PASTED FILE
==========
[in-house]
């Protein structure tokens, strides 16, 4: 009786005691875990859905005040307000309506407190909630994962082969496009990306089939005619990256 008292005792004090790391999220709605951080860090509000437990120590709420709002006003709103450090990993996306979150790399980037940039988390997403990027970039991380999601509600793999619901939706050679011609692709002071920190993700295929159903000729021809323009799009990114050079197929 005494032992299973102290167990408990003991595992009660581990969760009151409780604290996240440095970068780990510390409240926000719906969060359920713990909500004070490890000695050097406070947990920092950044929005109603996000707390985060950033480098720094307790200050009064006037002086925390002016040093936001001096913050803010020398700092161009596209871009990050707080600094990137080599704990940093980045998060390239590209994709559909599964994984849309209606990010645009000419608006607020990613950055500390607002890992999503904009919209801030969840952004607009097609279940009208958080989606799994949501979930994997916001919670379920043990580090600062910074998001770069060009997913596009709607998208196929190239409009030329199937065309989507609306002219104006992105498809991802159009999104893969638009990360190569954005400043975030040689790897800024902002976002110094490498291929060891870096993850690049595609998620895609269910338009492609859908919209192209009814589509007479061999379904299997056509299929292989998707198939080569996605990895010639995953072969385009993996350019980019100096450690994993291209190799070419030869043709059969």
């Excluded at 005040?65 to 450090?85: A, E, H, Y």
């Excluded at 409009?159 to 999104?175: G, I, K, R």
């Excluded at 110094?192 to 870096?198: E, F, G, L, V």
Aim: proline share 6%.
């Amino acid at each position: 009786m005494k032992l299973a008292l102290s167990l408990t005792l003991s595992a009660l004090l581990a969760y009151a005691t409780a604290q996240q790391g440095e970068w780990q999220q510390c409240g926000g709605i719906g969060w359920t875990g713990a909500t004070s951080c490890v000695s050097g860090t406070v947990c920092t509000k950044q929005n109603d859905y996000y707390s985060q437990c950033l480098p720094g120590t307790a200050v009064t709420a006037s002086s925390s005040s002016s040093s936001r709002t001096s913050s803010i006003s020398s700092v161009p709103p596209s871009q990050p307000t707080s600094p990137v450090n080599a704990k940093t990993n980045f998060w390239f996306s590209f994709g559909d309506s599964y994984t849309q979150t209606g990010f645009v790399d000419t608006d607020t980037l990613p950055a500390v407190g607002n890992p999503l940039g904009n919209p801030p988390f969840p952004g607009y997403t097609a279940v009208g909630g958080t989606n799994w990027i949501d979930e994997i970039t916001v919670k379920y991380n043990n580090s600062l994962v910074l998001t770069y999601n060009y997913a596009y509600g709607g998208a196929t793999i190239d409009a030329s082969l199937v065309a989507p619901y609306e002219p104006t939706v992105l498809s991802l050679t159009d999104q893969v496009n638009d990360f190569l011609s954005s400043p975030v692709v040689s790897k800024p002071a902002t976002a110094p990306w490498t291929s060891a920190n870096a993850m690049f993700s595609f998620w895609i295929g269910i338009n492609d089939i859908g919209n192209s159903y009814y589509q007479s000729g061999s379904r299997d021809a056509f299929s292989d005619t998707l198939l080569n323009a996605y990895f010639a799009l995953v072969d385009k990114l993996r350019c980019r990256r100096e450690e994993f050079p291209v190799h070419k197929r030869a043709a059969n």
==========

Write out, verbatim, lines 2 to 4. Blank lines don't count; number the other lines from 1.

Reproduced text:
């Protein structure tokens, strides 16, 4: 009786005691875990859905005040307000309506407190909630994962082969496009990306089939005619990256 008292005792004090790391999220709605951080860090509000437990120590709420709002006003709103450090990993996306979150790399980037940039988390997403990027970039991380999601509600793999619901939706050679011609692709002071920190993700295929159903000729021809323009799009990114050079197929 005494032992299973102290167990408990003991595992009660581990969760009151409780604290996240440095970068780990510390409240926000719906969060359920713990909500004070490890000695050097406070947990920092950044929005109603996000707390985060950033480098720094307790200050009064006037002086925390002016040093936001001096913050803010020398700092161009596209871009990050707080600094990137080599704990940093980045998060390239590209994709559909599964994984849309209606990010645009000419608006607020990613950055500390607002890992999503904009919209801030969840952004607009097609279940009208958080989606799994949501979930994997916001919670379920043990580090600062910074998001770069060009997913596009709607998208196929190239409009030329199937065309989507609306002219104006992105498809991802159009999104893969638009990360190569954005400043975030040689790897800024902002976002110094490498291929060891870096993850690049595609998620895609269910338009492609859908919209192209009814589509007479061999379904299997056509299929292989998707198939080569996605990895010639995953072969385009993996350019980019100096450690994993291209190799070419030869043709059969």
């Excluded at 005040?65 to 450090?85: A, E, H, Y």
């Excluded at 409009?159 to 999104?175: G, I, K, R």